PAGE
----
Planning on moving back to Ireland? Here's some advice
Moving home to live is completely different to coming back on holidays
‘Planning and research will alleviate a lot of stress when you touch down on home soil.’
Jimmy Hayes and Mary Lloyd moved to different UK cities from Co Cork in 1957. Chance brought them together again, romance blossomed again and they have recently moved back to Ireland.
Five years in production, filmed over four years spanning four continents, my dream of making Coming Home, a documentary about Irish emigration and return, is finally a reality.
I never anticipated the extraordinary people and stories I would encounter when I set out to make the film. Last year I wrote for Generation Emigration about some of the lessons I had learned so far while making the documentary. One surprise wedding, one near-death experience, one couple reunited after 54 years apart and several plot twists and turns later, here are some more follow-on lessons I have learned since then, about emigrating, living abroad, moving home and life in general.
Expect the unexpected
Anybody contemplating returning to live in Ireland should plan and research the move in as much detail as possible. Leave no stone unturned in your preparation and when you’ve done that buckle up because the best laid plans you’ve made for moving home will not prepare you for the huge transition you are about to undergo. The longer you’ve been away the bigger the transition will be.
Of course there are always exceptions and some returning emigrants make the move back look easy. Planning and research will alleviate a lot of stress when you touch down on home soil. Keep in mind coming home to live is a completely different experience to coming home on holidays.
Several of the film subjects made comments that suggested the move back to Ireland mirrored their original experience of leaving Ireland. Recall the challenges you encountered settling into a new country after you originally emigrated from Ireland, as you are likely to experience some of these again on your return.
Bureaucracy, red tape, high cost of living and lack of variety when shopping around cropped up in feedback from some of the returning emigrants. Organising driving licences, car insurance, healthcare plans, broadband and phone connections can be time consuming and challenging. Medical costs, heating and electricity bills and the cost of food and drink were observed as high or excessively high in some cases.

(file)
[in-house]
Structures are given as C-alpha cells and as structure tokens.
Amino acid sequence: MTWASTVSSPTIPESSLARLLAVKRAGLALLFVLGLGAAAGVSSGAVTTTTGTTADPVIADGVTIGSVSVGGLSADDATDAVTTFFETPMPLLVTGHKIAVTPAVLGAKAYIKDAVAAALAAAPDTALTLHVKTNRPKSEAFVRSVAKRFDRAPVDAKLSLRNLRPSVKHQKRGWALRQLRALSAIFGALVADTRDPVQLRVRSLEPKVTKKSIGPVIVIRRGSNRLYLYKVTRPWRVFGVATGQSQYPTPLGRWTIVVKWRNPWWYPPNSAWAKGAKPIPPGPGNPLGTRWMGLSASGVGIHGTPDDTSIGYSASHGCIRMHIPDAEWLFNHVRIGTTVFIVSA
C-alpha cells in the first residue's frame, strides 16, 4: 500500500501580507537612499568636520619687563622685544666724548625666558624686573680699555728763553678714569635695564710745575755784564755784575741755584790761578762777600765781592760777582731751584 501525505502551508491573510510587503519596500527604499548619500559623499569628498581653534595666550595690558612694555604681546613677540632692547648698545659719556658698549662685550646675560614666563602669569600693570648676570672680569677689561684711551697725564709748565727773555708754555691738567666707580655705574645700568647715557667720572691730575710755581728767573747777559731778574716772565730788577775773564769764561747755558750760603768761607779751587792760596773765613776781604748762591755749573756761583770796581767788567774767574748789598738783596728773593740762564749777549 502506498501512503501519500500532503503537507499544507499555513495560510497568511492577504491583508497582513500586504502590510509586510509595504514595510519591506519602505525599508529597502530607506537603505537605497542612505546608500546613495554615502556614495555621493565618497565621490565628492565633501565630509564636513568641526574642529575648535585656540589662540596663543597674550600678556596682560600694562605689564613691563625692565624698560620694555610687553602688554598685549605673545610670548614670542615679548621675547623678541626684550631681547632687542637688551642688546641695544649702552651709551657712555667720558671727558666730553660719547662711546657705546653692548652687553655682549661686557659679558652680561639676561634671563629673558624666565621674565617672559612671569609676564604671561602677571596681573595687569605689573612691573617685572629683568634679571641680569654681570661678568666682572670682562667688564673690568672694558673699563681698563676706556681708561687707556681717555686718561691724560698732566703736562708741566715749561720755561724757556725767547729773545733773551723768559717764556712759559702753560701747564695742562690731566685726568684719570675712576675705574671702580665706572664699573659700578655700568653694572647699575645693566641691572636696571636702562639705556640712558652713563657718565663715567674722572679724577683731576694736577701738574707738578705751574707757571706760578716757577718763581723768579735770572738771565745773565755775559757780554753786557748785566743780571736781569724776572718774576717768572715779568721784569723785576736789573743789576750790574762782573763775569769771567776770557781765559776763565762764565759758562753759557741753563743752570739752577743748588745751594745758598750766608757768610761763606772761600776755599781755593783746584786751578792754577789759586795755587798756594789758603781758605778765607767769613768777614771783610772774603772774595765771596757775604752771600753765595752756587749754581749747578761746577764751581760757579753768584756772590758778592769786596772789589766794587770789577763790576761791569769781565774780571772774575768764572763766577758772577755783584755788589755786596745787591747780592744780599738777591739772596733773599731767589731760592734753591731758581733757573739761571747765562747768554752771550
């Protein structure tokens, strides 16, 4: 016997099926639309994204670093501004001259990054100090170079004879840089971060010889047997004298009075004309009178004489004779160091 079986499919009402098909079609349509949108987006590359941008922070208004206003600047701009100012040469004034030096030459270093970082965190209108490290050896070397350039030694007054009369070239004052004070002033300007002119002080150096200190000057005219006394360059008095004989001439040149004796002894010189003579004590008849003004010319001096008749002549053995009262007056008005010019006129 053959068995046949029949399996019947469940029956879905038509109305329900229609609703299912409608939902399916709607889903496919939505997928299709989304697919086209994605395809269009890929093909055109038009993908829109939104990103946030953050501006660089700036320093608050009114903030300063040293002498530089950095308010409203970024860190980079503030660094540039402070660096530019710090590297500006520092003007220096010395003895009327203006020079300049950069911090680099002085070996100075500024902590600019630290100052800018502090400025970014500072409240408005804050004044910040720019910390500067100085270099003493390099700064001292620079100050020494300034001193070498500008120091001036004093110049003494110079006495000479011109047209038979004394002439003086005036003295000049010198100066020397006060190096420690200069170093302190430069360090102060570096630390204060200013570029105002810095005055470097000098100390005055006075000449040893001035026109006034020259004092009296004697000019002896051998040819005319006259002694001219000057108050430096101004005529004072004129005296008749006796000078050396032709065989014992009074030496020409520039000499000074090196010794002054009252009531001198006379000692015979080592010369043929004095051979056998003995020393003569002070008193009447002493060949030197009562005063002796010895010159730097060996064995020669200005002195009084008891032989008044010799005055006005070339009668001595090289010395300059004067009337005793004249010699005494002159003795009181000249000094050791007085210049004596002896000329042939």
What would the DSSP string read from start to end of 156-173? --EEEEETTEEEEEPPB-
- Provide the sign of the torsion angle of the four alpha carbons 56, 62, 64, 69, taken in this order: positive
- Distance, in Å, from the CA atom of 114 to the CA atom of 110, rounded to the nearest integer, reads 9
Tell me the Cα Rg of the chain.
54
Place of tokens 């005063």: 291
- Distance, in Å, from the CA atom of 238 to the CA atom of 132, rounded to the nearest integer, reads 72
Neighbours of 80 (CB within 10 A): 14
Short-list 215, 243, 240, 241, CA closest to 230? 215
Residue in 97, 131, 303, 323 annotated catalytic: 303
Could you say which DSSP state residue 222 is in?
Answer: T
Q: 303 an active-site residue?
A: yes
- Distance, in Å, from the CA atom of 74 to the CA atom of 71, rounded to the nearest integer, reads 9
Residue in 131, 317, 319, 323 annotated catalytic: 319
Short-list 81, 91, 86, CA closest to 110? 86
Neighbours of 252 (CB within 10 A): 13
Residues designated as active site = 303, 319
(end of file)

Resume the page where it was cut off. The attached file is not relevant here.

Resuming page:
A spike in rural crime was a noticeable new development flagged by one returnee who contrasted leaving her home unlocked as a matter of course as a young girl growing up in Mayo.
A scarcity of work opportunities was also observed, though factors such as where you move back to and the type of work experience you have can lessen the impact of this challenge significantly. Definitely do your homework on this front before returning if you need to work in Ireland.
A positive frame of mind is essential if you are to have any chance of making the move home a success. A clear understanding of the reasons why you want to return will also go a long way in helping you get through the inevitable challenges that will follow. Fully commit to the move. Keeping one eye on the country you left behind will leave you feeling torn between two places. This is easier said than done, particularly when leaving family and friends behind.
For some the move home was idyllic, with one emigrant’s return journey culminating in a fairytale ending (did I mention a surprise wedding?). For others the experience was more up and down, with one cast member left pondering a return back to the country they had just left by the films end.
As I came to wrap up the film my thoughts shifted more and more to the millions of Irish emigrants who dream or dreamt of returning to Ireland to see out their days, but will never get the opportunity for various reasons. During the film’s production I attempted to capture a dream-like quality through the Irish landscapes I filmed and eclectic music I sourced. I realise now on reflection that this film is really principally for all of those emigrants who will never get to fulfil that wish and return to the land of their birth on a permanent basis.
What does it mean to leave your family, friends and all that you know to risk it all and start anew in a totally strange environment? What impact does this have on a person leaving? Equally what impact does this have on those left behind? What does it mean to have a place you can call home? I have attempted to address all of these questions as best I can in Coming Home.
Many people leave Ireland, build extraordinarily successful lives for themselves abroad and never look back. Others are left with a burning desire to return to Ireland one day. To anyone who has taken or is contemplating taking that journey away from or back to Ireland I wish you the very best on your path.
Coming Home will be released in the coming months. See cominghomedocumentary.com for more details.